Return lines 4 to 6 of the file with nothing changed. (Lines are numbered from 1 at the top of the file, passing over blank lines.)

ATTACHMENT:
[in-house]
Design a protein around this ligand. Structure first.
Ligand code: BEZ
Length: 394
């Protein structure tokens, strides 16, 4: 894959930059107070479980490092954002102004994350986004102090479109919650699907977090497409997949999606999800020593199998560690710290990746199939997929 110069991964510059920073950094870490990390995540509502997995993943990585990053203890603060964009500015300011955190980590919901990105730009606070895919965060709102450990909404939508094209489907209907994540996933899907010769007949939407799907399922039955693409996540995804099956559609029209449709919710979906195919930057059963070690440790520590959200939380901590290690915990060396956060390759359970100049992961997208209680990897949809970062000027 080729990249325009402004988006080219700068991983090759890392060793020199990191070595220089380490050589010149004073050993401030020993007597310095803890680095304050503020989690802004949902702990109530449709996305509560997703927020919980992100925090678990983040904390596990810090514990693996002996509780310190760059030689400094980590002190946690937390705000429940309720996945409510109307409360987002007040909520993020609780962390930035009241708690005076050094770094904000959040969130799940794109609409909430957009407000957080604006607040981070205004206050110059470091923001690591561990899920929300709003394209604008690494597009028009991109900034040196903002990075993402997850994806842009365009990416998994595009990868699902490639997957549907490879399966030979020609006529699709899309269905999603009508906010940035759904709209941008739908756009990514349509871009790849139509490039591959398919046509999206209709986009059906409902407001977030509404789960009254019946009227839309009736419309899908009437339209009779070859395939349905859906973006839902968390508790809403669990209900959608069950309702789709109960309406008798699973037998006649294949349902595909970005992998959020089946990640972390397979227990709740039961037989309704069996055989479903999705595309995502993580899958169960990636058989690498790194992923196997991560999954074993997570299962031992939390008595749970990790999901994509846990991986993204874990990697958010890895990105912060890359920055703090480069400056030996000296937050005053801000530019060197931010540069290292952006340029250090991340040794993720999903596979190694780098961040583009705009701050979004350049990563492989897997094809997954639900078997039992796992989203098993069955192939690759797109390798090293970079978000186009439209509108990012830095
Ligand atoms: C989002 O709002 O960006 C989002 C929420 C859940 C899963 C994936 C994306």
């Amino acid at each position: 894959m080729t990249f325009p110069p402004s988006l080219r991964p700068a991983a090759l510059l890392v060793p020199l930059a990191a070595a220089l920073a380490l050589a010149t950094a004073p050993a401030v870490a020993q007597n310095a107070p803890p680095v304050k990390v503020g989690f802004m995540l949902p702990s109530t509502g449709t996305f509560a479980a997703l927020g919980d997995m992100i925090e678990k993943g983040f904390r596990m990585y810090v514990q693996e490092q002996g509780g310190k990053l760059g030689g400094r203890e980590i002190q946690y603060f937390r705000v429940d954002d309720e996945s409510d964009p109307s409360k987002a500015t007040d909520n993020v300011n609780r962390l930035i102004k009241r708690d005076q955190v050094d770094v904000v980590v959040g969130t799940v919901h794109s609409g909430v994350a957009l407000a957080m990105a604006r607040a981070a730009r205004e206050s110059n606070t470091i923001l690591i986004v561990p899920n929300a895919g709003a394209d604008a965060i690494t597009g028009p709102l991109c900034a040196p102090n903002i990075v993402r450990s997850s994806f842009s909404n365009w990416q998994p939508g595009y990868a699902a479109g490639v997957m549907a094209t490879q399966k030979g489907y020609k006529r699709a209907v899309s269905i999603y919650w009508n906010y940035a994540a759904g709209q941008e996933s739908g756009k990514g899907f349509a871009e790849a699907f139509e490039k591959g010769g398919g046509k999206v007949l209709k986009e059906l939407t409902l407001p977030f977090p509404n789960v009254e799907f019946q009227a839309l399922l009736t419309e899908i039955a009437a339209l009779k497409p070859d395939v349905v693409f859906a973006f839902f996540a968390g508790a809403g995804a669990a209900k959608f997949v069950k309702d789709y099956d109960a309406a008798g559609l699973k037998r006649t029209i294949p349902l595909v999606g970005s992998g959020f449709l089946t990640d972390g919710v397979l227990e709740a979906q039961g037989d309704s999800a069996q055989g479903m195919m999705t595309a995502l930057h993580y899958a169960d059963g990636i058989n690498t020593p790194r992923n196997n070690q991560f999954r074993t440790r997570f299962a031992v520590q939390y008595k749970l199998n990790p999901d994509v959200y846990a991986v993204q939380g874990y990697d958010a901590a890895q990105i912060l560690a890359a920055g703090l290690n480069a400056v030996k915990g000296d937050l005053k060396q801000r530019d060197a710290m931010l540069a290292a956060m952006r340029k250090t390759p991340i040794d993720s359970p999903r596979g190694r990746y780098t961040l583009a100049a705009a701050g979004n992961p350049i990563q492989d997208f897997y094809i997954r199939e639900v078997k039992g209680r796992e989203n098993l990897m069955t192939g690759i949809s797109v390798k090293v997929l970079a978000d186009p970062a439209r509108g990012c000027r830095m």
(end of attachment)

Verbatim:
Length: 394
């Protein structure tokens, strides 16, 4: 894959930059107070479980490092954002102004994350986004102090479109919650699907977090497409997949999606999800020593199998560690710290990746199939997929 110069991964510059920073950094870490990390995540509502997995993943990585990053203890603060964009500015300011955190980590919901990105730009606070895919965060709102450990909404939508094209489907209907994540996933899907010769007949939407799907399922039955693409996540995804099956559609029209449709919710979906195919930057059963070690440790520590959200939380901590290690915990060396956060390759359970100049992961997208209680990897949809970062000027 080729990249325009402004988006080219700068991983090759890392060793020199990191070595220089380490050589010149004073050993401030020993007597310095803890680095304050503020989690802004949902702990109530449709996305509560997703927020919980992100925090678990983040904390596990810090514990693996002996509780310190760059030689400094980590002190946690937390705000429940309720996945409510109307409360987002007040909520993020609780962390930035009241708690005076050094770094904000959040969130799940794109609409909430957009407000957080604006607040981070205004206050110059470091923001690591561990899920929300709003394209604008690494597009028009991109900034040196903002990075993402997850994806842009365009990416998994595009990868699902490639997957549907490879399966030979020609006529699709899309269905999603009508906010940035759904709209941008739908756009990514349509871009790849139509490039591959398919046509999206209709986009059906409902407001977030509404789960009254019946009227839309009736419309899908009437339209009779070859395939349905859906973006839902968390508790809403669990209900959608069950309702789709109960309406008798699973037998006649294949349902595909970005992998959020089946990640972390397979227990709740039961037989309704069996055989479903999705595309995502993580899958169960990636058989690498790194992923196997991560999954074993997570299962031992939390008595749970990790999901994509846990991986993204874990990697958010890895990105912060890359920055703090480069400056030996000296937050005053801000530019060197931010540069290292952006340029250090991340040794993720999903596979190694780098961040583009705009701050979004350049990563492989897997094809997954639900078997039992796992989203098993069955192939690759797109390798090293970079978000186009439209509108990012830095
Ligand atoms: C989002 O709002 O960006 C989002 C929420 C859940 C899963 C994936 C994306």